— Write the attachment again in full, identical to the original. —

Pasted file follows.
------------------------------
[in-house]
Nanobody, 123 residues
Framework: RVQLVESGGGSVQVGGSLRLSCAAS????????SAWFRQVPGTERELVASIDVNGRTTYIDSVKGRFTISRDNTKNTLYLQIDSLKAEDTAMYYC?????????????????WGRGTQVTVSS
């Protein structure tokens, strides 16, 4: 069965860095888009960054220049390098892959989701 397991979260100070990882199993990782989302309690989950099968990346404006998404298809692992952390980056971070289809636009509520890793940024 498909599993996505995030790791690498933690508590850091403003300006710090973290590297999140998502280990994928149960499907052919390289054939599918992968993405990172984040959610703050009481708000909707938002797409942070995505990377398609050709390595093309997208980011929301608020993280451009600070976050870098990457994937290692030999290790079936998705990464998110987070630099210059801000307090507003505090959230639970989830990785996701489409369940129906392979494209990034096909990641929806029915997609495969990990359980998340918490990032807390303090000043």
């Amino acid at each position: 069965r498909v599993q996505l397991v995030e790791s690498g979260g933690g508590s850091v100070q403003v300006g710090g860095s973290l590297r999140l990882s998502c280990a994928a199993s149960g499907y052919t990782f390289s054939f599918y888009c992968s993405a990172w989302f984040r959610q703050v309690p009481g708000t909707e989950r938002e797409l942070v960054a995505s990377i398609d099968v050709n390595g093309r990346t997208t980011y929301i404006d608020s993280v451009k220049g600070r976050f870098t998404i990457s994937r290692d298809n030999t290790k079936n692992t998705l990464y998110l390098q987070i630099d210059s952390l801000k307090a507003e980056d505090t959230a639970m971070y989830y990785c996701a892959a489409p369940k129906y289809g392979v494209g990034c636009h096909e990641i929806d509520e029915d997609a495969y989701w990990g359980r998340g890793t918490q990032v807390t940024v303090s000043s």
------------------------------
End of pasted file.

[in-house]
Nanobody, 123 residues
Framework: RVQLVESGGGSVQVGGSLRLSCAAS????????SAWFRQVPGTERELVASIDVNGRTTYIDSVKGRFTISRDNTKNTLYLQIDSLKAEDTAMYYC?????????????????WGRGTQVTVSS
């Protein structure tokens, strides 16, 4: 069965860095888009960054220049390098892959989701 397991979260100070990882199993990782989302309690989950099968990346404006998404298809692992952390980056971070289809636009509520890793940024 498909599993996505995030790791690498933690508590850091403003300006710090973290590297999140998502280990994928149960499907052919390289054939599918992968993405990172984040959610703050009481708000909707938002797409942070995505990377398609050709390595093309997208980011929301608020993280451009600070976050870098990457994937290692030999290790079936998705990464998110987070630099210059801000307090507003505090959230639970989830990785996701489409369940129906392979494209990034096909990641929806029915997609495969990990359980998340918490990032807390303090000043």
């Amino acid at each position: 069965r498909v599993q996505l397991v995030e790791s690498g979260g933690g508590s850091v100070q403003v300006g710090g860095s973290l590297r999140l990882s998502c280990a994928a199993s149960g499907y052919t990782f390289s054939f599918y888009c992968s993405a990172w989302f984040r959610q703050v309690p009481g708000t909707e989950r938002e797409l942070v960054a995505s990377i398609d099968v050709n390595g093309r990346t997208t980011y929301i404006d608020s993280v451009k220049g600070r976050f870098t998404i990457s994937r290692d298809n030999t290790k079936n692992t998705l990464y998110l390098q987070i630099d210059s952390l801000k307090a507003e980056d505090t959230a639970m971070y989830y990785c996701a892959a489409p369940k129906y289809g392979v494209g990034c636009h096909e990641i929806d509520e029915d997609a495969y989701w990990g359980r998340g890793t918490q990032v807390t940024v303090s000043s």